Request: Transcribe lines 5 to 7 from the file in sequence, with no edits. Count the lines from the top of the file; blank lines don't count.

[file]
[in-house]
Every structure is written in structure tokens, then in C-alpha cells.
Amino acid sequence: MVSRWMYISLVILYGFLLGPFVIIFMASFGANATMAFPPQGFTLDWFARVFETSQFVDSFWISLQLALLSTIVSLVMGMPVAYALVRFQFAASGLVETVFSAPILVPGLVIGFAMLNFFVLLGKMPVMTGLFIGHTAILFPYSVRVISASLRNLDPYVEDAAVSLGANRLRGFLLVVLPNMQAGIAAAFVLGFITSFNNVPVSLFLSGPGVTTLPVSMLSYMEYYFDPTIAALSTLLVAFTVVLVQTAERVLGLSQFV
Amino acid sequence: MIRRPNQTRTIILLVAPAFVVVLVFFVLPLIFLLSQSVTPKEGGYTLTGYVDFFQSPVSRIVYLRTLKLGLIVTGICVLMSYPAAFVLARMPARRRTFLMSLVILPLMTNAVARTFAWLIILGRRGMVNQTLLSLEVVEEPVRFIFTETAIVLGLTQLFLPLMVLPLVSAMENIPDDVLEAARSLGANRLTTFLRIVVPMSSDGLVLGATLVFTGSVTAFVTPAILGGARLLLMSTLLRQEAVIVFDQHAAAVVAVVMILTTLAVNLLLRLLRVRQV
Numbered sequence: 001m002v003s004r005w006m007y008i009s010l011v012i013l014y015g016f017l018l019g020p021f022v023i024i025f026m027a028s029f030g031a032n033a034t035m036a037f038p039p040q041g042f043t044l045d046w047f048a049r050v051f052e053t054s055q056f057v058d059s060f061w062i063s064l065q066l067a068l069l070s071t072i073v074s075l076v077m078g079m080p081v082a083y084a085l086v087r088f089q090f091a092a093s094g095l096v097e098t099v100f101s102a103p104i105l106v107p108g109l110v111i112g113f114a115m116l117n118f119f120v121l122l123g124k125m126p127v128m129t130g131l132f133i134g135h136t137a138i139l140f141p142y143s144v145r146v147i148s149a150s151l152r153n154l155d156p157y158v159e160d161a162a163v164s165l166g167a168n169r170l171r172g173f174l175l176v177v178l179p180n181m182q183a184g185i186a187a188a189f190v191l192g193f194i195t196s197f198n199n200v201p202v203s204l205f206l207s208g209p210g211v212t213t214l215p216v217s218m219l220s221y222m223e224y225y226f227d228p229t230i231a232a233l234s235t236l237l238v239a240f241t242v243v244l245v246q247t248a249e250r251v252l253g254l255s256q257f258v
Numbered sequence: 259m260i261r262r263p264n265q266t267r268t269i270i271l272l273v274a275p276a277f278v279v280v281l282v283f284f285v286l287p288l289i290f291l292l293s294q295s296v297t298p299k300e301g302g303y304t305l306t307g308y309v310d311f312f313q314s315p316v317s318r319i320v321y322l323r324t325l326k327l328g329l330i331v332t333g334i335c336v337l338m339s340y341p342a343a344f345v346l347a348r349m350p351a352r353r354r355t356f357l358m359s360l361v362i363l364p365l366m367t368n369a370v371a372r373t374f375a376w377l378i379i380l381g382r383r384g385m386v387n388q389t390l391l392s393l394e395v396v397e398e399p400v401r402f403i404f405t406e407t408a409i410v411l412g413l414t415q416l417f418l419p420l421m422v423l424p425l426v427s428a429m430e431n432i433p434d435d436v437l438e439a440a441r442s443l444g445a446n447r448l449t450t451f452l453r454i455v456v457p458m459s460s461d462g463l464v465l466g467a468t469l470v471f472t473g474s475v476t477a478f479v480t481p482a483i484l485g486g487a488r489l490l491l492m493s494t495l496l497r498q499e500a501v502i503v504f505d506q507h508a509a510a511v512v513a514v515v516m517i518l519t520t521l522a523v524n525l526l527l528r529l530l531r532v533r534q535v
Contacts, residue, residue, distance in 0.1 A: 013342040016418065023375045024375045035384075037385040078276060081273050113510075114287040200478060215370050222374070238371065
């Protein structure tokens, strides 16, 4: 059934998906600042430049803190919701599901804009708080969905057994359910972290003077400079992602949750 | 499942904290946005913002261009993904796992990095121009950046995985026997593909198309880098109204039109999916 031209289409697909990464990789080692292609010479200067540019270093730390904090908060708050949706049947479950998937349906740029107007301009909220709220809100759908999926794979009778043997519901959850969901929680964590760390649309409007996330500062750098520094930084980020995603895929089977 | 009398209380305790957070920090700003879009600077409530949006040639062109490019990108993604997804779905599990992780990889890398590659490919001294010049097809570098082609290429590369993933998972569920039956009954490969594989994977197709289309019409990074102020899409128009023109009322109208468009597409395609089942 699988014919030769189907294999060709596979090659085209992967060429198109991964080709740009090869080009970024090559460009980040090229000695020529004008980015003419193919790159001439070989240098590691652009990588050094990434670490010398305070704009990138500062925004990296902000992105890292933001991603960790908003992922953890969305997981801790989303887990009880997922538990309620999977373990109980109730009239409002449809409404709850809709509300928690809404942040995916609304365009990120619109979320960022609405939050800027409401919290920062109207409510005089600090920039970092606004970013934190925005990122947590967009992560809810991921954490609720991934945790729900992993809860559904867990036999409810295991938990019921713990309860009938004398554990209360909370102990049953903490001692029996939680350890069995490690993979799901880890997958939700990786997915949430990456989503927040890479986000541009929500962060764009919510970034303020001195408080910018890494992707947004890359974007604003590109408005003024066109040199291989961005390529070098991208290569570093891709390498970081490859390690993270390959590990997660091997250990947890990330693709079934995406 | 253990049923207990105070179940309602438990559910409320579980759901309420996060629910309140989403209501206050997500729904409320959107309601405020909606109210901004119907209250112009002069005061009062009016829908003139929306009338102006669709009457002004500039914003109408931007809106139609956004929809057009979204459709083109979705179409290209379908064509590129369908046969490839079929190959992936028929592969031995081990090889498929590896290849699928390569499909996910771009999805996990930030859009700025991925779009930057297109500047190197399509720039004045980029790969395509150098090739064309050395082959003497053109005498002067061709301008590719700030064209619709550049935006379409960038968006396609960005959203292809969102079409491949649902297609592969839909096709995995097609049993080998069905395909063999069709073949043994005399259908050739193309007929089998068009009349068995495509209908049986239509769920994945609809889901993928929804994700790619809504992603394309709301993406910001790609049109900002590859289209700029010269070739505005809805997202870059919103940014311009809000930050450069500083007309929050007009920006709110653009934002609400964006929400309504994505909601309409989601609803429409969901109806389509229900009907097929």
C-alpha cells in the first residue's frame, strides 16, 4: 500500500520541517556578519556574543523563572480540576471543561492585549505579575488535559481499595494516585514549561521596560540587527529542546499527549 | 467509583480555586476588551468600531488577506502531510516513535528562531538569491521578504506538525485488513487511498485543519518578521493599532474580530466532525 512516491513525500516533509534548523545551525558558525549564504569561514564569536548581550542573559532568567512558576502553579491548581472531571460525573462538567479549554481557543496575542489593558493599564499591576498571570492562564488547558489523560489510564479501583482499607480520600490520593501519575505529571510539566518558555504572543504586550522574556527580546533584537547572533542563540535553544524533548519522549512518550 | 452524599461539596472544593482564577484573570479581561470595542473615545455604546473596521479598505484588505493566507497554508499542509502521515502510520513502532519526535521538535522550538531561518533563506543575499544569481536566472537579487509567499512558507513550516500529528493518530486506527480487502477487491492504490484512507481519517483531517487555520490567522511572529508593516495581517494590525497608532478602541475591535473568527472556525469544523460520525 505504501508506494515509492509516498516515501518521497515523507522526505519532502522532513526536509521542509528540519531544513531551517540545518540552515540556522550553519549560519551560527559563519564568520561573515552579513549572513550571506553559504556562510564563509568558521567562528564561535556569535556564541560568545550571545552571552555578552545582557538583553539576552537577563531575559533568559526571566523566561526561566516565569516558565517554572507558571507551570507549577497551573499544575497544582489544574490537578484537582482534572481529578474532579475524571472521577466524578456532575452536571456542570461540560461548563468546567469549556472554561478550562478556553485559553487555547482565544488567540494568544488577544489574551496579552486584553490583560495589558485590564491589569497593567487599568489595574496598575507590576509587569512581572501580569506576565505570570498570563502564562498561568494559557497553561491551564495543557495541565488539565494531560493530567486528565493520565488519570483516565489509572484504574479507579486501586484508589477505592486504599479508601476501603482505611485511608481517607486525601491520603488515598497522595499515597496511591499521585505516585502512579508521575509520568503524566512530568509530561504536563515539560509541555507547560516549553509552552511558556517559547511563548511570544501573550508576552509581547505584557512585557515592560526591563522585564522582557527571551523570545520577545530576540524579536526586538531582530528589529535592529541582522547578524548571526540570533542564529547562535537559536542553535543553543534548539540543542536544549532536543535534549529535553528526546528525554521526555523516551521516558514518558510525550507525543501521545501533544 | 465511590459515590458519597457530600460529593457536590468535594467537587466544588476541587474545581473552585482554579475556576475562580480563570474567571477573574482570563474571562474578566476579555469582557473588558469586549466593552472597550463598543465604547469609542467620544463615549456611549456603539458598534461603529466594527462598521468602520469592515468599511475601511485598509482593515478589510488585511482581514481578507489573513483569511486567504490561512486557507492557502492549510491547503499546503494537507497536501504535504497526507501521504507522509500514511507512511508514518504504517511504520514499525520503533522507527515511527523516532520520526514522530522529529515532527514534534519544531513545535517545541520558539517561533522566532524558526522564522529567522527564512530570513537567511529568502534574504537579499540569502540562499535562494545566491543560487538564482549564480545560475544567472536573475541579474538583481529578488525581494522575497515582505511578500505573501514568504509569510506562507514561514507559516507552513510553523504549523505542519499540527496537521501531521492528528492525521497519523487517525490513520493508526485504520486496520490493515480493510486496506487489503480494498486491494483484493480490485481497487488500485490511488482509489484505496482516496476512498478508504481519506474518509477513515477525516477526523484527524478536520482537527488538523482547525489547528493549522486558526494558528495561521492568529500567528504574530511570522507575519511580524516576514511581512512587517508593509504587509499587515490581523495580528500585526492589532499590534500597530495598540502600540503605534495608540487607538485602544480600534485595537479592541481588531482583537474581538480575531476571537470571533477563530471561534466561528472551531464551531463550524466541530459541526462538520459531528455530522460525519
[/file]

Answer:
Numbered sequence: 001m002v003s004r005w006m007y008i009s010l011v012i013l014y015g016f017l018l019g020p021f022v023i024i025f026m027a028s029f030g031a032n033a034t035m036a037f038p039p040q041g042f043t044l045d046w047f048a049r050v051f052e053t054s055q056f057v058d059s060f061w062i063s064l065q066l067a068l069l070s071t072i073v074s075l076v077m078g079m080p081v082a083y084a085l086v087r088f089q090f091a092a093s094g095l096v097e098t099v100f101s102a103p104i105l106v107p108g109l110v111i112g113f114a115m116l117n118f119f120v121l122l123g124k125m126p127v128m129t130g131l132f133i134g135h136t137a138i139l140f141p142y143s144v145r146v147i148s149a150s151l152r153n154l155d156p157y158v159e160d161a162a163v164s165l166g167a168n169r170l171r172g173f174l175l176v177v178l179p180n181m182q183a184g185i186a187a188a189f190v191l192g193f194i195t196s197f198n199n200v201p202v203s204l205f206l207s208g209p210g211v212t213t214l215p216v217s218m219l220s221y222m223e224y225y226f227d228p229t230i231a232a233l234s235t236l237l238v239a240f241t242v243v244l245v246q247t248a249e250r251v252l253g254l255s256q257f258v
Numbered sequence: 259m260i261r262r263p264n265q266t267r268t269i270i271l272l273v274a275p276a277f278v279v280v281l282v283f284f285v286l287p288l289i290f291l292l293s294q295s296v297t298p299k300e301g302g303y304t305l306t307g308y309v310d311f312f313q314s315p316v317s318r319i320v321y322l323r324t325l326k327l328g329l330i331v332t333g334i335c336v337l338m339s340y341p342a343a344f345v346l347a348r349m350p351a352r353r354r355t356f357l358m359s360l361v362i363l364p365l366m367t368n369a370v371a372r373t374f375a376w377l378i379i380l381g382r383r384g385m386v387n388q389t390l391l392s393l394e395v396v397e398e399p400v401r402f403i404f405t406e407t408a409i410v411l412g413l414t415q416l417f418l419p420l421m422v423l424p425l426v427s428a429m430e431n432i433p434d435d436v437l438e439a440a441r442s443l444g445a446n447r448l449t450t451f452l453r454i455v456v457p458m459s460s461d462g463l464v465l466g467a468t469l470v471f472t473g474s475v476t477a478f479v480t481p482a483i484l485g486g487a488r489l490l491l492m493s494t495l496l497r498q499e500a501v502i503v504f505d506q507h508a509a510a511v512v513a514v515v516m517i518l519t520t521l522a523v524n525l526l527l528r529l530l531r532v533r534q535v
Contacts, residue, residue, distance in 0.1 A: 013342040016418065023375045024375045035384075037385040078276060081273050113510075114287040200478060215370050222374070238371065